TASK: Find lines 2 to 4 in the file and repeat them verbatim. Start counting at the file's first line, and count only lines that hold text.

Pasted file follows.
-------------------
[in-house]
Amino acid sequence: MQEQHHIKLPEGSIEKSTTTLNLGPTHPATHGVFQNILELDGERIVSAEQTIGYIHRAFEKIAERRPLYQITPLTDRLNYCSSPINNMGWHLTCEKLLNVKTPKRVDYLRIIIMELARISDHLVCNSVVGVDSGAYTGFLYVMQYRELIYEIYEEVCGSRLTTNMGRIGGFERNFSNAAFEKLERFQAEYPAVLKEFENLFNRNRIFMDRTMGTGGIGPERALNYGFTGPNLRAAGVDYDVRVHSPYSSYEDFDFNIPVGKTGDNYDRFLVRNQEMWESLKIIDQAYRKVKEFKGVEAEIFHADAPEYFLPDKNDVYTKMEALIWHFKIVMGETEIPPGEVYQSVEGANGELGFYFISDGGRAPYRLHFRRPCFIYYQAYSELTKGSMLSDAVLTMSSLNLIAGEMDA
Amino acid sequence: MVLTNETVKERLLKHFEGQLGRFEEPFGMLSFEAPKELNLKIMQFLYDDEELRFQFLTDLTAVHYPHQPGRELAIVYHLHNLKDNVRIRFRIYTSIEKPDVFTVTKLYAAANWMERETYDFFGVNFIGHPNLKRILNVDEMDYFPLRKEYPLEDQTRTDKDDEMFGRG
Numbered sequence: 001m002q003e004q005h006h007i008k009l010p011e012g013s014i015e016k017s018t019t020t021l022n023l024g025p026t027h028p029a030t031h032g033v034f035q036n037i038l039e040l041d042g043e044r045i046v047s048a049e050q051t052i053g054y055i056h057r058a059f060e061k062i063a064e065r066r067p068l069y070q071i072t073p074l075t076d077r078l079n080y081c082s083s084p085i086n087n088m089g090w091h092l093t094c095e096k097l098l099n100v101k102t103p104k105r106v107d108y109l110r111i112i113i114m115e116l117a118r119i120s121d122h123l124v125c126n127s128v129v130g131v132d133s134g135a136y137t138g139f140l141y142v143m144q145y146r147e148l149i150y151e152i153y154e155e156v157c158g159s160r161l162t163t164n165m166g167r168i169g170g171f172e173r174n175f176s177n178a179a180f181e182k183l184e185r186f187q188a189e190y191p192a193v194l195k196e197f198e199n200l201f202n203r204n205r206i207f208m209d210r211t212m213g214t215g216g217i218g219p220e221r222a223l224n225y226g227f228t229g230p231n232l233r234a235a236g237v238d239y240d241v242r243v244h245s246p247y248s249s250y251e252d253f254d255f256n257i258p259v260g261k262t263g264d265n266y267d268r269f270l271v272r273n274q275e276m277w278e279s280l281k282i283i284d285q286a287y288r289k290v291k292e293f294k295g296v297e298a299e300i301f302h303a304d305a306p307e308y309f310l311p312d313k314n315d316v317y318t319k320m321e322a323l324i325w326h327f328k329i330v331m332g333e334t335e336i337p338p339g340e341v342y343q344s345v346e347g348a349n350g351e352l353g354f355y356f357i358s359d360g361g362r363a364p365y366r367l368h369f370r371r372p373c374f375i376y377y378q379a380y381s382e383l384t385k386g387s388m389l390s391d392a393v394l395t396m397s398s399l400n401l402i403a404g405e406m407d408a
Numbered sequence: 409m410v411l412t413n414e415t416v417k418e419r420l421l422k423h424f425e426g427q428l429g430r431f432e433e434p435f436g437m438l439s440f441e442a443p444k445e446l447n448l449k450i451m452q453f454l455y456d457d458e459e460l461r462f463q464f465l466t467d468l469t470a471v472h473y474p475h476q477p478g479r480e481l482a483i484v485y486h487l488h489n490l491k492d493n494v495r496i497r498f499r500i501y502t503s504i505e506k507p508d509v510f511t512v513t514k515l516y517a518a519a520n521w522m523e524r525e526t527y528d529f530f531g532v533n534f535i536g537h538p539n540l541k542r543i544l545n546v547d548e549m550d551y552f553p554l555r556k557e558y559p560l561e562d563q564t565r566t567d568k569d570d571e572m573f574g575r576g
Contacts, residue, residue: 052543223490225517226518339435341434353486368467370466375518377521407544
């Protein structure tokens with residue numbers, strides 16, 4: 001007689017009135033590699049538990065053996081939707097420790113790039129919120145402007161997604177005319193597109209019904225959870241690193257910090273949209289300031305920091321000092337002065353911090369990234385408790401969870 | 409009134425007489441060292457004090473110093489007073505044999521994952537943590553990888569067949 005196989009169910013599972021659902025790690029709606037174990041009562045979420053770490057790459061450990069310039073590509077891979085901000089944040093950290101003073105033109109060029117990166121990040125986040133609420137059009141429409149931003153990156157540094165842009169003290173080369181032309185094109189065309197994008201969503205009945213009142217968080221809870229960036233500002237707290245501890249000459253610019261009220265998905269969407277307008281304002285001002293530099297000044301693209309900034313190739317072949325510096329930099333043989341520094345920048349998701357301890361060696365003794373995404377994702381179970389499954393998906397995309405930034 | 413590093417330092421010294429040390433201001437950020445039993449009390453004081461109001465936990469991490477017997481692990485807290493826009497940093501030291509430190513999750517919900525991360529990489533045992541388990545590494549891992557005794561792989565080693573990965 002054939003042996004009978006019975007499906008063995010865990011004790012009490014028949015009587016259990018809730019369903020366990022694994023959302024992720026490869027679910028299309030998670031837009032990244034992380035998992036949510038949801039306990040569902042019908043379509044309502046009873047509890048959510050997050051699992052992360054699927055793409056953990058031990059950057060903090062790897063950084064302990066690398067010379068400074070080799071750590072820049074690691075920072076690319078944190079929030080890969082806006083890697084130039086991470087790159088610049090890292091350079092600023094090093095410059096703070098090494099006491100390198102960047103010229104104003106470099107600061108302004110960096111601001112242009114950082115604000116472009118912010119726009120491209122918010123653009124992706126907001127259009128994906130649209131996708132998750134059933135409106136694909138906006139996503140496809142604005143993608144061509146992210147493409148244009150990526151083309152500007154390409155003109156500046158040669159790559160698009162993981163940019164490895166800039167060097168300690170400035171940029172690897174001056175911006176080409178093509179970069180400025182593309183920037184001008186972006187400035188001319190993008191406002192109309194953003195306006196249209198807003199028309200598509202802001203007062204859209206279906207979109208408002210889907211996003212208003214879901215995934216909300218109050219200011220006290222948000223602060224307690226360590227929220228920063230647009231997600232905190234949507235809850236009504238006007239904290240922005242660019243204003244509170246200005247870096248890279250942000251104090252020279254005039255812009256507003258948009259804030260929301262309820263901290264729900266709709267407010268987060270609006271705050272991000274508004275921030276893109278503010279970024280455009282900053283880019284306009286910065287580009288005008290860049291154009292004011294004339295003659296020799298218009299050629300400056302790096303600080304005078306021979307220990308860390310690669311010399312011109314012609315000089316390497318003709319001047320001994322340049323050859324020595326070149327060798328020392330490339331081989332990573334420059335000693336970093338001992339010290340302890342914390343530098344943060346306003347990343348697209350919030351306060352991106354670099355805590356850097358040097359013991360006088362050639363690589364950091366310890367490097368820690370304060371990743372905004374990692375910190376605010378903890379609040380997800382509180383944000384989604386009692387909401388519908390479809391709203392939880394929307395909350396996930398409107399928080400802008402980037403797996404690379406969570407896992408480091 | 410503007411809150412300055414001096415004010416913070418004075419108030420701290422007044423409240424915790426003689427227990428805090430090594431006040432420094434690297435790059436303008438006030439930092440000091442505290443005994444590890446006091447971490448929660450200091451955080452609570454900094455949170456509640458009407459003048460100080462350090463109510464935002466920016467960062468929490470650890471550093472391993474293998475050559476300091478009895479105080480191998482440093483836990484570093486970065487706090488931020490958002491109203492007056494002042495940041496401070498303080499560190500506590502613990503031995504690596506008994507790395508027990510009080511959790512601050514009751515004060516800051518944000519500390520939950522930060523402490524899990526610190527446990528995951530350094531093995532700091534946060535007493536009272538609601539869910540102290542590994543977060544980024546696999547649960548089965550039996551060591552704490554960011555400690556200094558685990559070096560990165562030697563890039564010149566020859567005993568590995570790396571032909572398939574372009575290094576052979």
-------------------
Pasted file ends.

Amino acid sequence: MQEQHHIKLPEGSIEKSTTTLNLGPTHPATHGVFQNILELDGERIVSAEQTIGYIHRAFEKIAERRPLYQITPLTDRLNYCSSPINNMGWHLTCEKLLNVKTPKRVDYLRIIIMELARISDHLVCNSVVGVDSGAYTGFLYVMQYRELIYEIYEEVCGSRLTTNMGRIGGFERNFSNAAFEKLERFQAEYPAVLKEFENLFNRNRIFMDRTMGTGGIGPERALNYGFTGPNLRAAGVDYDVRVHSPYSSYEDFDFNIPVGKTGDNYDRFLVRNQEMWESLKIIDQAYRKVKEFKGVEAEIFHADAPEYFLPDKNDVYTKMEALIWHFKIVMGETEIPPGEVYQSVEGANGELGFYFISDGGRAPYRLHFRRPCFIYYQAYSELTKGSMLSDAVLTMSSLNLIAGEMDA
Amino acid sequence: MVLTNETVKERLLKHFEGQLGRFEEPFGMLSFEAPKELNLKIMQFLYDDEELRFQFLTDLTAVHYPHQPGRELAIVYHLHNLKDNVRIRFRIYTSIEKPDVFTVTKLYAAANWMERETYDFFGVNFIGHPNLKRILNVDEMDYFPLRKEYPLEDQTRTDKDDEMFGRG
Numbered sequence: 001m002q003e004q005h006h007i008k009l010p011e012g013s014i015e016k017s018t019t020t021l022n023l024g025p026t027h028p029a030t031h032g033v034f035q036n037i038l039e040l041d042g043e044r045i046v047s048a049e050q051t052i053g054y055i056h057r058a059f060e061k062i063a064e065r066r067p068l069y070q071i072t073p074l075t076d077r078l079n080y081c082s083s084p085i086n087n088m089g090w091h092l093t094c095e096k097l098l099n100v101k102t103p104k105r106v107d108y109l110r111i112i113i114m115e116l117a118r119i120s121d122h123l124v125c126n127s128v129v130g131v132d133s134g135a136y137t138g139f140l141y142v143m144q145y146r147e148l149i150y151e152i153y154e155e156v157c158g159s160r161l162t163t164n165m166g167r168i169g170g171f172e173r174n175f176s177n178a179a180f181e182k183l184e185r186f187q188a189e190y191p192a193v194l195k196e197f198e199n200l201f202n203r204n205r206i207f208m209d210r211t212m213g214t215g216g217i218g219p220e221r222a223l224n225y226g227f228t229g230p231n232l233r234a235a236g237v238d239y240d241v242r243v244h245s246p247y248s249s250y251e252d253f254d255f256n257i258p259v260g261k262t263g264d265n266y267d268r269f270l271v272r273n274q275e276m277w278e279s280l281k282i283i284d285q286a287y288r289k290v291k292e293f294k295g296v297e298a299e300i301f302h303a304d305a306p307e308y309f310l311p312d313k314n315d316v317y318t319k320m321e322a323l324i325w326h327f328k329i330v331m332g333e334t335e336i337p338p339g340e341v342y343q344s345v346e347g348a349n350g351e352l353g354f355y356f357i358s359d360g361g362r363a364p365y366r367l368h369f370r371r372p373c374f375i376y377y378q379a380y381s382e383l384t385k386g387s388m389l390s391d392a393v394l395t396m397s398s399l400n401l402i403a404g405e406m407d408a